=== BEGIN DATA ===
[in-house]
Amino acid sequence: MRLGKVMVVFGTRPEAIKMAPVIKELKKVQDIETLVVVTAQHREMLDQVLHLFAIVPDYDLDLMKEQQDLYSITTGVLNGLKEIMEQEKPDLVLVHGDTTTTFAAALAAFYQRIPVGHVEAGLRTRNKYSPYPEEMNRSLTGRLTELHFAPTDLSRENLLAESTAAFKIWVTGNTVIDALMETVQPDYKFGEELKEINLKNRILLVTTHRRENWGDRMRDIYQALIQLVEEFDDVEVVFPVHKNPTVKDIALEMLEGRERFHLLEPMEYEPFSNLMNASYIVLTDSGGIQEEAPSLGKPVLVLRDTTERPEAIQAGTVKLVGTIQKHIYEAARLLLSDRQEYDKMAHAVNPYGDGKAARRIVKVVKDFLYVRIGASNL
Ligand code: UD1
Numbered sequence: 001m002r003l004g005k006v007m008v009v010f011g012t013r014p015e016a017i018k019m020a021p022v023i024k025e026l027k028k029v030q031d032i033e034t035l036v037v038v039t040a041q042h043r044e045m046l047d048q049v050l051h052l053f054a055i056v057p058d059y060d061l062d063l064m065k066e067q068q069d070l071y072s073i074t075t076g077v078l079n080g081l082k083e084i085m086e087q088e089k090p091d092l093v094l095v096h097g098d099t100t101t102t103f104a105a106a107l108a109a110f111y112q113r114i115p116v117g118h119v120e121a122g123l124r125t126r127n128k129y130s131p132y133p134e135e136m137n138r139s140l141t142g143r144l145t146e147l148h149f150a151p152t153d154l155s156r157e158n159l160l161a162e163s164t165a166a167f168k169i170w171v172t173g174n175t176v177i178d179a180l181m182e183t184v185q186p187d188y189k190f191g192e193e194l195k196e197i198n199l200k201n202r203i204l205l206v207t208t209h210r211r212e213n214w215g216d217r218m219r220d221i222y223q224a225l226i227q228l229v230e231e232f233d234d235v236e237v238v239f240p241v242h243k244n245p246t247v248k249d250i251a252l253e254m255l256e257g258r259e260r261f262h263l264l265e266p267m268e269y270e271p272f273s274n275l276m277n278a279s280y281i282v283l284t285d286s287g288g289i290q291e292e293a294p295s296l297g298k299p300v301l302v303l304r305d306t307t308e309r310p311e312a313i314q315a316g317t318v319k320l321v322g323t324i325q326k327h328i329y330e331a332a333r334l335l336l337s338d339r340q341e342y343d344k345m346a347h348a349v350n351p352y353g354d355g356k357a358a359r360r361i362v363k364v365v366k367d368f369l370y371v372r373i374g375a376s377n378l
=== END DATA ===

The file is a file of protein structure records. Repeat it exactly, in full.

[in-house]
Amino acid sequence: MRLGKVMVVFGTRPEAIKMAPVIKELKKVQDIETLVVVTAQHREMLDQVLHLFAIVPDYDLDLMKEQQDLYSITTGVLNGLKEIMEQEKPDLVLVHGDTTTTFAAALAAFYQRIPVGHVEAGLRTRNKYSPYPEEMNRSLTGRLTELHFAPTDLSRENLLAESTAAFKIWVTGNTVIDALMETVQPDYKFGEELKEINLKNRILLVTTHRRENWGDRMRDIYQALIQLVEEFDDVEVVFPVHKNPTVKDIALEMLEGRERFHLLEPMEYEPFSNLMNASYIVLTDSGGIQEEAPSLGKPVLVLRDTTERPEAIQAGTVKLVGTIQKHIYEAARLLLSDRQEYDKMAHAVNPYGDGKAARRIVKVVKDFLYVRIGASNL
Ligand code: UD1
Numbered sequence: 001m002r003l004g005k006v007m008v009v010f011g012t013r014p015e016a017i018k019m020a021p022v023i024k025e026l027k028k029v030q031d032i033e034t035l036v037v038v039t040a041q042h043r044e045m046l047d048q049v050l051h052l053f054a055i056v057p058d059y060d061l062d063l064m065k066e067q068q069d070l071y072s073i074t075t076g077v078l079n080g081l082k083e084i085m086e087q088e089k090p091d092l093v094l095v096h097g098d099t100t101t102t103f104a105a106a107l108a109a110f111y112q113r114i115p116v117g118h119v120e121a122g123l124r125t126r127n128k129y130s131p132y133p134e135e136m137n138r139s140l141t142g143r144l145t146e147l148h149f150a151p152t153d154l155s156r157e158n159l160l161a162e163s164t165a166a167f168k169i170w171v172t173g174n175t176v177i178d179a180l181m182e183t184v185q186p187d188y189k190f191g192e193e194l195k196e197i198n199l200k201n202r203i204l205l206v207t208t209h210r211r212e213n214w215g216d217r218m219r220d221i222y223q224a225l226i227q228l229v230e231e232f233d234d235v236e237v238v239f240p241v242h243k244n245p246t247v248k249d250i251a252l253e254m255l256e257g258r259e260r261f262h263l264l265e266p267m268e269y270e271p272f273s274n275l276m277n278a279s280y281i282v283l284t285d286s287g288g289i290q291e292e293a294p295s296l297g298k299p300v301l302v303l304r305d306t307t308e309r310p311e312a313i314q315a316g317t318v319k320l321v322g323t324i325q326k327h328i329y330e331a332a333r334l335l336l337s338d339r340q341e342y343d344k345m346a347h348a349v350n351p352y353g354d355g356k357a358a359r360r361i362v363k364v365v366k367d368f369l370y371v372r373i374g375a376s377n378l